Still, sometimes the absolute numbers don't say much as there were Musicmans (I clearly remember one of the models was the Axis) with chunky necks (to me) that were not to difficult to adjust to, while others like Ibanez (very thin but very wide as well) or a Parker I tried out a few months ago (I would say, not thin, not particularly thick but too wide for my me) would not allow me to use my thumb at all or efficiently enough to be worth of using it at all.

    Still, if I had to play with one of these then I would by changing my technique, finding out what's the most effective one for me and for that particular instrument and take it from there (obviously, that would take me some time but it would still be doable, no problem).
     
  6. misterg71

    misterg71 Hack Silver Supporting Member

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    All guitars I can’t play as well as I’d like, due to lack of talent!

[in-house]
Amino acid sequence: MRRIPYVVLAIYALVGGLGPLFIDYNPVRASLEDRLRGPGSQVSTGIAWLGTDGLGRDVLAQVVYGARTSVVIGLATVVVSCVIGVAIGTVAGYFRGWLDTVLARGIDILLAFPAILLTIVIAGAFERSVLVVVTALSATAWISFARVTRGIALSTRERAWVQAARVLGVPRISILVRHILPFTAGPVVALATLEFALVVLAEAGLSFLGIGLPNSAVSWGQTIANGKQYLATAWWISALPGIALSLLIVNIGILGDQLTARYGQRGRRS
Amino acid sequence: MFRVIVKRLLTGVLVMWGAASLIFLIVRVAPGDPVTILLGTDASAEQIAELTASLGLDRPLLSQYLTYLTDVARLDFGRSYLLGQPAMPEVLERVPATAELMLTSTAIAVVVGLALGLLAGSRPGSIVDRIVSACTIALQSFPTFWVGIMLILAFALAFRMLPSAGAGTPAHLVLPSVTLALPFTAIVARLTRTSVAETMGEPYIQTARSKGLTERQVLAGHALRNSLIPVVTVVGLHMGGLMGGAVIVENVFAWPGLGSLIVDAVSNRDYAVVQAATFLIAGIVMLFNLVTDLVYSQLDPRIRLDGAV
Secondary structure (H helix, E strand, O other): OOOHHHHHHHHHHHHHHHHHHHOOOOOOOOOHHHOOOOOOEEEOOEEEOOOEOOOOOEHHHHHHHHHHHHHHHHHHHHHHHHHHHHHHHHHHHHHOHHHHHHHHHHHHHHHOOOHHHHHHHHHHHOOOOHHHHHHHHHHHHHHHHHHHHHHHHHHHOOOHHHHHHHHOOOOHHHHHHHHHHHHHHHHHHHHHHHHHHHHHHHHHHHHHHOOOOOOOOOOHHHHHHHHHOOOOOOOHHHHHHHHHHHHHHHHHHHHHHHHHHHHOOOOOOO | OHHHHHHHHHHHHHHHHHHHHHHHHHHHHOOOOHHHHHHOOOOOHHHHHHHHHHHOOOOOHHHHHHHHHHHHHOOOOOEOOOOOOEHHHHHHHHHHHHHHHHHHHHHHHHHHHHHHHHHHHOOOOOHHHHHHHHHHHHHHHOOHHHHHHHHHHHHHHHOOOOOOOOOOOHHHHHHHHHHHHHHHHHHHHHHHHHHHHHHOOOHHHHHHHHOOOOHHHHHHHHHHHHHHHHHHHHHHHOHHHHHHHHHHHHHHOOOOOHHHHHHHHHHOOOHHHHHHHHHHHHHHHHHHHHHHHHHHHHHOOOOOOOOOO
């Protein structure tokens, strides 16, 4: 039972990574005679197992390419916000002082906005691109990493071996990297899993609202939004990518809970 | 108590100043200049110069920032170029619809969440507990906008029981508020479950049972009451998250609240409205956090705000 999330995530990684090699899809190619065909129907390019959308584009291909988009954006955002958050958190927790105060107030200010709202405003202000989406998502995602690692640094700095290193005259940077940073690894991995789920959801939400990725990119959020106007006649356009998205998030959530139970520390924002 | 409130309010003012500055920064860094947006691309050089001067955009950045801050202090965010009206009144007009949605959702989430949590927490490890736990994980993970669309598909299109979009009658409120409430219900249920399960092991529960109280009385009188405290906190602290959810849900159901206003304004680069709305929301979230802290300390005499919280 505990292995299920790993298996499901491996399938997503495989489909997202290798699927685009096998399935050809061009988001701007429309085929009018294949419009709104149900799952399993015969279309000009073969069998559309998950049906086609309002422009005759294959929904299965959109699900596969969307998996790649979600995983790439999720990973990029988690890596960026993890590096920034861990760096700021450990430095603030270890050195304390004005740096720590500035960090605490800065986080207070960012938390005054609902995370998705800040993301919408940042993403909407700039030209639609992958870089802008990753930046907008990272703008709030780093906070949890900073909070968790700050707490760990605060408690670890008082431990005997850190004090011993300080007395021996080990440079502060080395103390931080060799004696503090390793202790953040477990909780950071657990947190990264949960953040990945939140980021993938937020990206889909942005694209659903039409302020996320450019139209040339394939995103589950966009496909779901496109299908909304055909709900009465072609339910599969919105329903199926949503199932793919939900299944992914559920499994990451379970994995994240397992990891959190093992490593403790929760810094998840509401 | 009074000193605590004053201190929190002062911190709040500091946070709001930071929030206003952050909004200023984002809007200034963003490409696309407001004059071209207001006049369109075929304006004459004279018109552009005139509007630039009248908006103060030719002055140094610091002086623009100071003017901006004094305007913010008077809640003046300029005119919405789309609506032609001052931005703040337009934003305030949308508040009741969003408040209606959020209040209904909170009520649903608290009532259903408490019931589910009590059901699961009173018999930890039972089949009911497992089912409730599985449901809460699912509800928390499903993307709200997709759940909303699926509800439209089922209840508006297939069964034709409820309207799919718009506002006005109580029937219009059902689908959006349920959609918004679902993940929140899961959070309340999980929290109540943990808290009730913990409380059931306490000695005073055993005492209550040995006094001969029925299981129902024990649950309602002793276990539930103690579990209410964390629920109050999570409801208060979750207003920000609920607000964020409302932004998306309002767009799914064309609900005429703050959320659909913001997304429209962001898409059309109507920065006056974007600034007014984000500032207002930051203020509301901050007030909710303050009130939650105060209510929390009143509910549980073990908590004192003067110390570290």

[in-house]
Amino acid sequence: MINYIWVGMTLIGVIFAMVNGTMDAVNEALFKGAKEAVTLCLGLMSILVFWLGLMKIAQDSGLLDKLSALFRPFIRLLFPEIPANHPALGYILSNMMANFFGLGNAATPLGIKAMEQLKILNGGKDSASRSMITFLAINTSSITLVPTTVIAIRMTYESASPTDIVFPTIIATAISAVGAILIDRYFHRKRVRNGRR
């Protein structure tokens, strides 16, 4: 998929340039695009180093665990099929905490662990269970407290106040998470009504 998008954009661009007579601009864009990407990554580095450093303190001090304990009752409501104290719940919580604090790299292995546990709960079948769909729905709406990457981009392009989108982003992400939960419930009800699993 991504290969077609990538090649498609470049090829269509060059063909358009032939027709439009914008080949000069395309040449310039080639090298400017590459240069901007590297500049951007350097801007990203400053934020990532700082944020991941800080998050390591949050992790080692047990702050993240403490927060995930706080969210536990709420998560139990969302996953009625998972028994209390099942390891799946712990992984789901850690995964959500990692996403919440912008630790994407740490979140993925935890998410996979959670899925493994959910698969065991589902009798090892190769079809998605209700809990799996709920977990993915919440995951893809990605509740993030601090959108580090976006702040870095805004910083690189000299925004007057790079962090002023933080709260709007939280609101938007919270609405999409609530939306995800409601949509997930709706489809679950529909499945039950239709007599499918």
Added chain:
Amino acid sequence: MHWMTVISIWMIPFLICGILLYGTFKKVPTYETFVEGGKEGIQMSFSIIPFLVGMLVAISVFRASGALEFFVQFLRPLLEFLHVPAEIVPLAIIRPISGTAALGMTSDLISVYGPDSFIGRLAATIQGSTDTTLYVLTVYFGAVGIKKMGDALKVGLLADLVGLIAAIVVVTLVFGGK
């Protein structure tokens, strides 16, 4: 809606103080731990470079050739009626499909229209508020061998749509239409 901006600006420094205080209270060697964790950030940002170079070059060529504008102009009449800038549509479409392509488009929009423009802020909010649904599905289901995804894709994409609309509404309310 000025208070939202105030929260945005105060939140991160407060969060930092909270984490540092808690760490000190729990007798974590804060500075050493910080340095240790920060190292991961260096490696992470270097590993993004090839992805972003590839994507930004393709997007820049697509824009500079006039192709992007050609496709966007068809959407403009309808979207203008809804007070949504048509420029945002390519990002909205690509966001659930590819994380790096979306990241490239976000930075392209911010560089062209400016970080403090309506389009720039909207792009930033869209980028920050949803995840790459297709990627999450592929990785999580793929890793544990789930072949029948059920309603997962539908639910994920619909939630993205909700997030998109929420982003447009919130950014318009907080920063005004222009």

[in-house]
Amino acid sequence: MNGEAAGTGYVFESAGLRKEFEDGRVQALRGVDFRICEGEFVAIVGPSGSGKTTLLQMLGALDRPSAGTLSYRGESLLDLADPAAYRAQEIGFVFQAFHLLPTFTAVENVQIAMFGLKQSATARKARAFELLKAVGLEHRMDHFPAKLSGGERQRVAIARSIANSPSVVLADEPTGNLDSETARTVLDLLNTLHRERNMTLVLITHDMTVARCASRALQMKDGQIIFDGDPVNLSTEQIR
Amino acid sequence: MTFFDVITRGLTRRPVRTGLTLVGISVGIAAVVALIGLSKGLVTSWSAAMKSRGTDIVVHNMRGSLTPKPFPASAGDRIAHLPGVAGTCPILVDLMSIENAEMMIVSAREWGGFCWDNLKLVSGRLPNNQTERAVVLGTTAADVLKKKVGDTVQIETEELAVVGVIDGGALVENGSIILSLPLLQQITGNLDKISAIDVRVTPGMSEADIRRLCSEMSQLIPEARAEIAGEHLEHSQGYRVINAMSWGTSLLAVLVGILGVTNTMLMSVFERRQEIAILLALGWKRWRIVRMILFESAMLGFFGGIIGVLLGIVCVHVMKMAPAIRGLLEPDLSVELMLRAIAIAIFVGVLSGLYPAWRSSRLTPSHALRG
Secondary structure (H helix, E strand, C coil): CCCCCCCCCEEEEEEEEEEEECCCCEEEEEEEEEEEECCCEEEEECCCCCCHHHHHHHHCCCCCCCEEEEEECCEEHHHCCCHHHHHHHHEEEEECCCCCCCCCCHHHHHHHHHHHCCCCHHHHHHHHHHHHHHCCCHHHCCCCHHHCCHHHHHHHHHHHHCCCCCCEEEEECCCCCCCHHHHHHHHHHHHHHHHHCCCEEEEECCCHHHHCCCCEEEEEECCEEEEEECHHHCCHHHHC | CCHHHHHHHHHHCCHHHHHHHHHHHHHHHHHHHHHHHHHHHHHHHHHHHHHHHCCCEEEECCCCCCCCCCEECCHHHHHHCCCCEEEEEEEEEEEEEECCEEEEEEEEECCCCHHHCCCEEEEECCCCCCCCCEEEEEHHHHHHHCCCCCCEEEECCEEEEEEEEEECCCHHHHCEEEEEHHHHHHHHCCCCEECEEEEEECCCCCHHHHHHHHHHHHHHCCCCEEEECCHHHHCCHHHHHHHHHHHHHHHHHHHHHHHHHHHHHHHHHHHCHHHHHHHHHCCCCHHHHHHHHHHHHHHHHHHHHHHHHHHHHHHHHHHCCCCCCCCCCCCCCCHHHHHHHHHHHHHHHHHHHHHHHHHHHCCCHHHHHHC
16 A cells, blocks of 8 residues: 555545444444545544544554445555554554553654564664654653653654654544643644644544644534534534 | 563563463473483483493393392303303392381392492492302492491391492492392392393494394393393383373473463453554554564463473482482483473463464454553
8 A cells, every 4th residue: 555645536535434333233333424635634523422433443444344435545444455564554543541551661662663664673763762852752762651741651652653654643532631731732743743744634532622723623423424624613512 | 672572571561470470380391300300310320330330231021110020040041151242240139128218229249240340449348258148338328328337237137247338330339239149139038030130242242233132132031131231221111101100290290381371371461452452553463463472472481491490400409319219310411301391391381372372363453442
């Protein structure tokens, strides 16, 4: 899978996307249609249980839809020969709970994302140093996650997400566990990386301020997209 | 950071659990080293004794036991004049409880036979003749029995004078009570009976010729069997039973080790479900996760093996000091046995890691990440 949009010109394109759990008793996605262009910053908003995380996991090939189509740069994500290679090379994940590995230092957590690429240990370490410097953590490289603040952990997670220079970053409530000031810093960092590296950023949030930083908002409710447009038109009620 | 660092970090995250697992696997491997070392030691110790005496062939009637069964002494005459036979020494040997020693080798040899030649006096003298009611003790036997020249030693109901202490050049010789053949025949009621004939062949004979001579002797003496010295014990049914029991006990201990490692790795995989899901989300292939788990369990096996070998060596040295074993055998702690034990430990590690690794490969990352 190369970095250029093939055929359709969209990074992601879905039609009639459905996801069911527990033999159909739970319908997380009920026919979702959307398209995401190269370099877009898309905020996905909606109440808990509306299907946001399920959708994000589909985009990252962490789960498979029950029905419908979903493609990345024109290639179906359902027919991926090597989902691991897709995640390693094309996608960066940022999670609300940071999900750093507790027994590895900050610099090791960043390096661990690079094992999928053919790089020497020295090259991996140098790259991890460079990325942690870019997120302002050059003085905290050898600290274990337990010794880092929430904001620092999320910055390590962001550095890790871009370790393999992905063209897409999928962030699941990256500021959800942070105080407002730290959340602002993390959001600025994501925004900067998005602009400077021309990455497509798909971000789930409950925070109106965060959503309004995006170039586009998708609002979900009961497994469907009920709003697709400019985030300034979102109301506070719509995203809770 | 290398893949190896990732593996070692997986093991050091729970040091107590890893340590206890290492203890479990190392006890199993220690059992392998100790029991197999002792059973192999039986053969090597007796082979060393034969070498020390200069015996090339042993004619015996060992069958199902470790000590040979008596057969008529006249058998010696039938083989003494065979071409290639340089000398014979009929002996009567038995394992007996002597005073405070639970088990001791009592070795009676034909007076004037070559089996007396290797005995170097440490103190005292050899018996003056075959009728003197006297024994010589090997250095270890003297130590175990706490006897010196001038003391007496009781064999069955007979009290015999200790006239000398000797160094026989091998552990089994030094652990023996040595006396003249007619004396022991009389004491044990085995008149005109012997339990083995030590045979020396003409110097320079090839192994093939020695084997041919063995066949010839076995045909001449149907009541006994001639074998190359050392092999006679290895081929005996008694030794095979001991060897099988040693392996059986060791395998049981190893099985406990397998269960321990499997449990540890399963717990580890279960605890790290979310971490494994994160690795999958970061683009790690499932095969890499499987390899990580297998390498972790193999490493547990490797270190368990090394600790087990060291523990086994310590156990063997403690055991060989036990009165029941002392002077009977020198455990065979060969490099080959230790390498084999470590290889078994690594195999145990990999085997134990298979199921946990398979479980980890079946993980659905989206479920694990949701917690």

7. Izy

    Izy Member

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    I have small hands too so it prevents me from playing Les Pauls with baseball bat necks. A lot of Lentz guitars tend to have beefy necks that don't really work for me. But somehow I manage to score 2 that works for me even though Scott said the necks are big.

    strangely they feel very comfortable to me and I could play them with ease. But no neck fits me as well as the Dpergo strat I just bought.

    That neck is perfect for my hands.

    Now I just need to stop buying stuff, shut up and practice. Lol
     
  8. Scary Uncle G.

    Scary Uncle G. Member

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    Most likely all guitars. Yup, I can’t play any guitars as well as I’d like. Small hands, yes, that must be the reason. Yup. ;)
     
  9. KGWagner

    KGWagner Member

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    If it's not that, it's the gear. More guys are deprived of a lifetime of riches and fame due to inadequate gear than probably anything else...
     
  10. Jon Silberman

    Jon Silberman 10Q Jerry & Dickey Gold Supporting Member